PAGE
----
You can start a new society with distributism. But once property has been “distributed” by whatever means, the Chestertonian utopia becomes RE-distribution and compulsory taking of private property. We have a Fifth Amendment about that (yeah, I know our constitution’s been trampled) as well as general property rights and contract rights. And I wouldn’t trust any US or secular government to be just and not be punitive or abusive of such a power, as Adam pointed out. I think Chesterton expressed an ideal with no just way to get there.

  • Mark S. (not for Shea)

    Mr. Bacevich sums up quite well what modern conservativism has become, which is why I don’t consider myself a conservative.

  • Chris Burgwald

    While I have great respect for Col. Bacevich — his written was a central part in my reconsideration of my views on foreign and military policy — I was very disappointed to see — in a pre-election symposium at The American Conservative — that he voted (again) for President Obama.

    I had no illusions about Mitt Romney’s lack of attention to truly furthering the culture of life and traditional marriage, but I’m just as certain that President Obama is worse on those scores. Yet Bacevich — a conservative *and* Catholic — nonetheless cast his vote for Obama, leaving me confused & frustrated as I try to figure out his thinking.

  • Tim H

    Mark, et al, I definitely want to hear and enact the guidance of the Church. I hear about the preferential option for the poor. I hear about the necessity to provide a living wage, healthcare, even housing. What I don’t understand is how this is supposed to happen.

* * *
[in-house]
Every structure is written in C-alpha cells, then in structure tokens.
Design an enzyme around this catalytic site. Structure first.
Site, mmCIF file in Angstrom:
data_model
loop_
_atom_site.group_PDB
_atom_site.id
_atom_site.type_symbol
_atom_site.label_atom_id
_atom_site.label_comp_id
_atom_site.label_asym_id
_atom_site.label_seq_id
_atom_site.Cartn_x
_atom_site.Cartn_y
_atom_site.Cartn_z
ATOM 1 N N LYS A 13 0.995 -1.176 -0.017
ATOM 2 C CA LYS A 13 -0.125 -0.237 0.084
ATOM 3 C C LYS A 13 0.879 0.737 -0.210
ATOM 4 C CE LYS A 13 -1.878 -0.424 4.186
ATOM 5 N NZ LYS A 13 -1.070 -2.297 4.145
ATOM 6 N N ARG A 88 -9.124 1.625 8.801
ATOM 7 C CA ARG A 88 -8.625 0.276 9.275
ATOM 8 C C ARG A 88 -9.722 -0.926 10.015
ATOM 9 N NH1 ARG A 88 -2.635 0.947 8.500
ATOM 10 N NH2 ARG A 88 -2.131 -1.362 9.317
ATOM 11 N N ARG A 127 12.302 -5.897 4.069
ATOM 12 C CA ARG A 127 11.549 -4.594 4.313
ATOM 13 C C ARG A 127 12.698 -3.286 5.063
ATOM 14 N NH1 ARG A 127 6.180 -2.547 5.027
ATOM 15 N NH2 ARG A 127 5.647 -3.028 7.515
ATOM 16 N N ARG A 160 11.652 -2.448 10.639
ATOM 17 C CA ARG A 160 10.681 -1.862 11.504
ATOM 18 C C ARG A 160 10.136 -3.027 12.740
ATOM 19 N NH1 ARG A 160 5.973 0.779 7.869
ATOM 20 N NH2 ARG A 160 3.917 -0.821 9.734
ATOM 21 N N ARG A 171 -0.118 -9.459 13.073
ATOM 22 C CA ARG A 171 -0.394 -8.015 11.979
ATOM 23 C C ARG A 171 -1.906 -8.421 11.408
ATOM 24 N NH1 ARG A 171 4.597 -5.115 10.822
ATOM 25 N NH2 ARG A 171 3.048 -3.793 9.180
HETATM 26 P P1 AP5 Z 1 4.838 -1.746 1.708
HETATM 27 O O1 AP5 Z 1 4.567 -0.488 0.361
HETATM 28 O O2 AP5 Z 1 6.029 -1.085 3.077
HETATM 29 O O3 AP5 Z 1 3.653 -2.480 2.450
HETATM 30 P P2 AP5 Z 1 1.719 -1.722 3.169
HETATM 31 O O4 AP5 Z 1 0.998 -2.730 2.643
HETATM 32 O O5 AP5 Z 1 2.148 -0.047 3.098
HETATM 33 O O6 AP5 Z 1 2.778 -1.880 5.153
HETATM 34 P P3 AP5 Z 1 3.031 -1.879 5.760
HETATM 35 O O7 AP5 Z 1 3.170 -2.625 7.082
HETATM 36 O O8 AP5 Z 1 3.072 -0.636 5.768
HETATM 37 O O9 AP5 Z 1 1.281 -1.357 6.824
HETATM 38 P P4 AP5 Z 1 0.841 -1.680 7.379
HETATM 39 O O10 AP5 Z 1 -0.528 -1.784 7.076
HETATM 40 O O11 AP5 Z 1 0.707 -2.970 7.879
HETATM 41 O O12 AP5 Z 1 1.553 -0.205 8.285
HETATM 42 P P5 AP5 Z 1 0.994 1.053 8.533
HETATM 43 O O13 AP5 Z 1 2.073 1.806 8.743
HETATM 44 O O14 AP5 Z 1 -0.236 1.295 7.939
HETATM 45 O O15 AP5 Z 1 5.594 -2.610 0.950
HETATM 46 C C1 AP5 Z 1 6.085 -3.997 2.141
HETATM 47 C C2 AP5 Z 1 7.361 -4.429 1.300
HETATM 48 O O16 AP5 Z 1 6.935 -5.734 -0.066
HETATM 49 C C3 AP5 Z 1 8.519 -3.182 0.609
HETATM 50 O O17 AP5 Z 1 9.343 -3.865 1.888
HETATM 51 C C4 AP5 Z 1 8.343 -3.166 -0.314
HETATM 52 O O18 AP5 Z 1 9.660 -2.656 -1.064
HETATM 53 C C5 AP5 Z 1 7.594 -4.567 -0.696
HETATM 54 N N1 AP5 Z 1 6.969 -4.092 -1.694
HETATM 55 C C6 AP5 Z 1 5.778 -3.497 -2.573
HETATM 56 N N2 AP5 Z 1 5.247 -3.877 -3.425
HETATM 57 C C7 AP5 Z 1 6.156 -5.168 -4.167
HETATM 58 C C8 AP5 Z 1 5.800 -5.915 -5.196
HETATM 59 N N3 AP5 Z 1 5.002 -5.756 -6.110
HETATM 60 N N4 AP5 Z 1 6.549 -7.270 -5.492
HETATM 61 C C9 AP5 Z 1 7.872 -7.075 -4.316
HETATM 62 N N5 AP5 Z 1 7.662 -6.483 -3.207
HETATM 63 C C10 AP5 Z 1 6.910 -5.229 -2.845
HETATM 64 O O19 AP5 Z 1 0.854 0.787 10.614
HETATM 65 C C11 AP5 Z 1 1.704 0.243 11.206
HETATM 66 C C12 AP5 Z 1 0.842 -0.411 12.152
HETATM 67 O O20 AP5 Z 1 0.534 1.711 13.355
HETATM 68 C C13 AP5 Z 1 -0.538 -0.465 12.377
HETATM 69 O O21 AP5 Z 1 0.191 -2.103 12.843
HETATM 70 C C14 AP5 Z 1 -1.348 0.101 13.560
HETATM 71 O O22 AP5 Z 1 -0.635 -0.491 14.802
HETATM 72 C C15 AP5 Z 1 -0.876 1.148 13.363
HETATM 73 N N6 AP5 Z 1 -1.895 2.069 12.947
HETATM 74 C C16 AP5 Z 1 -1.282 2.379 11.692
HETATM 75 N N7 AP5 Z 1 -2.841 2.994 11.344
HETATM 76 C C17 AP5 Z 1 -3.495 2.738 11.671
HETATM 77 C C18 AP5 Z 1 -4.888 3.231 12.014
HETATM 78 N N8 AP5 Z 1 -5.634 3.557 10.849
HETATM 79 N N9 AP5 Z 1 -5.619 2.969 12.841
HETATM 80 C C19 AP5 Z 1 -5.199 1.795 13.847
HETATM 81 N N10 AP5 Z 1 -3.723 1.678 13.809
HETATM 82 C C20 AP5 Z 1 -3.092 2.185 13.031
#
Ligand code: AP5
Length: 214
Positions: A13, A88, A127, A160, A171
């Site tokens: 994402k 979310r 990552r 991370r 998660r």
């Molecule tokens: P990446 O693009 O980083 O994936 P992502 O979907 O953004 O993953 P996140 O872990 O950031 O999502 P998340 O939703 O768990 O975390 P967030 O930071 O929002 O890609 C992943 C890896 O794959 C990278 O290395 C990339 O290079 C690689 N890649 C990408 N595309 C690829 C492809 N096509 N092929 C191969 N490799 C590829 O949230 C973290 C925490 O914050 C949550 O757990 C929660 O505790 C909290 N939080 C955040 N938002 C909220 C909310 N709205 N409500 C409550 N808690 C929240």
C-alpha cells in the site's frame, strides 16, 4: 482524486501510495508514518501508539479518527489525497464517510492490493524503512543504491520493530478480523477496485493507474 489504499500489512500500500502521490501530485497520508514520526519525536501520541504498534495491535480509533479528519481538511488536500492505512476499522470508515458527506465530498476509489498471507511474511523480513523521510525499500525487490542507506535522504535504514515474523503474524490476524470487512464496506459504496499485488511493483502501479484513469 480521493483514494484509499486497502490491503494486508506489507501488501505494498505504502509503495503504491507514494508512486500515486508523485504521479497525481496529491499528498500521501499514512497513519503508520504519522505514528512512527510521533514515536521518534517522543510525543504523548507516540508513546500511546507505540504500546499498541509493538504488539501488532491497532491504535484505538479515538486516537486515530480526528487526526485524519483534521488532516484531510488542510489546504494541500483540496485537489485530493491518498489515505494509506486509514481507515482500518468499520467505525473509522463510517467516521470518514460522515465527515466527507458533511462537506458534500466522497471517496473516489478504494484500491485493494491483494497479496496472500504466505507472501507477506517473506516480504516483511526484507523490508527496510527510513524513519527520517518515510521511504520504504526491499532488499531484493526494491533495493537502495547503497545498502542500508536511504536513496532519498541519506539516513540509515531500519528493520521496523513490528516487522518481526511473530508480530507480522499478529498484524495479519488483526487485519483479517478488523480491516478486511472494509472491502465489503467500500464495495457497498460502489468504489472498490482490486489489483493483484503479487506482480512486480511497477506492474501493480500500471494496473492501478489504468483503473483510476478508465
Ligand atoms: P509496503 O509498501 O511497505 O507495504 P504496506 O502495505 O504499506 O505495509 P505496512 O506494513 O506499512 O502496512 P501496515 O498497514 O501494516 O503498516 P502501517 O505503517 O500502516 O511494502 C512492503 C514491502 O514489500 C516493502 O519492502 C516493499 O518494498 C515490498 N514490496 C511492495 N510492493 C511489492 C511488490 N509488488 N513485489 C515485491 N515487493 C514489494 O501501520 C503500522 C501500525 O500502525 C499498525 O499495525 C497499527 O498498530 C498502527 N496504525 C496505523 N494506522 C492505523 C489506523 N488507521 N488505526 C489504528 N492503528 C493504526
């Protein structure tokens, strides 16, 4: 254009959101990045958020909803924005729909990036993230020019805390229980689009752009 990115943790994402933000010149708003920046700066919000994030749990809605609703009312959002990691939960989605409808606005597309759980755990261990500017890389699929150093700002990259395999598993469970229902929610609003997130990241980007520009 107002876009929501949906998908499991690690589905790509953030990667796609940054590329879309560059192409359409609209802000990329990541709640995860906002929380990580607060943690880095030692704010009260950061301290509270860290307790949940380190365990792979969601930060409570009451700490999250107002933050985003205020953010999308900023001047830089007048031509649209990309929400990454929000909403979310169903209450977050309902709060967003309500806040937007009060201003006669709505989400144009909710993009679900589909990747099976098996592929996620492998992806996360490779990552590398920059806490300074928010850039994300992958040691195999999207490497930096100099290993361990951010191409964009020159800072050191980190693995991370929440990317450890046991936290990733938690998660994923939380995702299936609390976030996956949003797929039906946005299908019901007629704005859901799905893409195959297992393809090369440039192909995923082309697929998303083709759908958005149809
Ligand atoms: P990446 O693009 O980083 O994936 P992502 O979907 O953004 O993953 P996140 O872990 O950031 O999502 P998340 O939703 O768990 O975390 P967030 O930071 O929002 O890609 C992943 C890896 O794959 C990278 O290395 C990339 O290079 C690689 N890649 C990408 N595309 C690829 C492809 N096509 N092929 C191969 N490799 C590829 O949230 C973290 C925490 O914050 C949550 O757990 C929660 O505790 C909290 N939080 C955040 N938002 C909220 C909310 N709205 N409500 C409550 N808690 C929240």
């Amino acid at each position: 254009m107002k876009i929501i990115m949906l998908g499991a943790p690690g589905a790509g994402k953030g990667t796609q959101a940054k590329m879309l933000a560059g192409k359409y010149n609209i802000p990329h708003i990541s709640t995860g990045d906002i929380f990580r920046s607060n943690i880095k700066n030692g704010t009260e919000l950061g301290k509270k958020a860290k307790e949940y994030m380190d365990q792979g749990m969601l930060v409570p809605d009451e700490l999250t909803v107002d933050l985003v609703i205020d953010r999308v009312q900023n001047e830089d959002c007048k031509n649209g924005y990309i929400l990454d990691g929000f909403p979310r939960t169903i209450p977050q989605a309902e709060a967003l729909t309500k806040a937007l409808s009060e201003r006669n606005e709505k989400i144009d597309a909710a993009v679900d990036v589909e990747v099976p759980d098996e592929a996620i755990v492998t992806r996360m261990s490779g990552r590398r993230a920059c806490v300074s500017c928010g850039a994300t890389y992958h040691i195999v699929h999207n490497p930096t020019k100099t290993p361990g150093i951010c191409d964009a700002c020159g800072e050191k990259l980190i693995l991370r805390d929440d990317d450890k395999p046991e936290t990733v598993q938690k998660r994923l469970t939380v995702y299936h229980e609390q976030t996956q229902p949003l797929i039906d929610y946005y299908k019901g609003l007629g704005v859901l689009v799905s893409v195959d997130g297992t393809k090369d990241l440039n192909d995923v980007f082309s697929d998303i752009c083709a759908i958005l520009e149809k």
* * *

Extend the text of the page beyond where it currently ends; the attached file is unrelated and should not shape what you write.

Mark, you and I have corresponded on something like this in the past.

    Is there some institutional mechanism that is REQUIRED to provide these things? If so, whether it be governmental? or quasi governmental? – national? international?, then there is a TON of literature out there that speaks about what we Catholics would likely call institutional sin. It’s the basic idea that if you create a power center than people will naturally seek to use it their own advantage. “The Road to Serfdom” by Hayek is a great read on how this works.

    I know you’ve said you’re eyes glaze over when you try to read economics (Mark). But there are good writers in the field who could help you get a better grip on the intractability of these problems. I’m not saying that gives us a rationale to avoid the obligations the Church (and our Lord) ask of us. But criminy, please quit implying bad faith on the part of those of who are scared to death of the power of the state to intervene .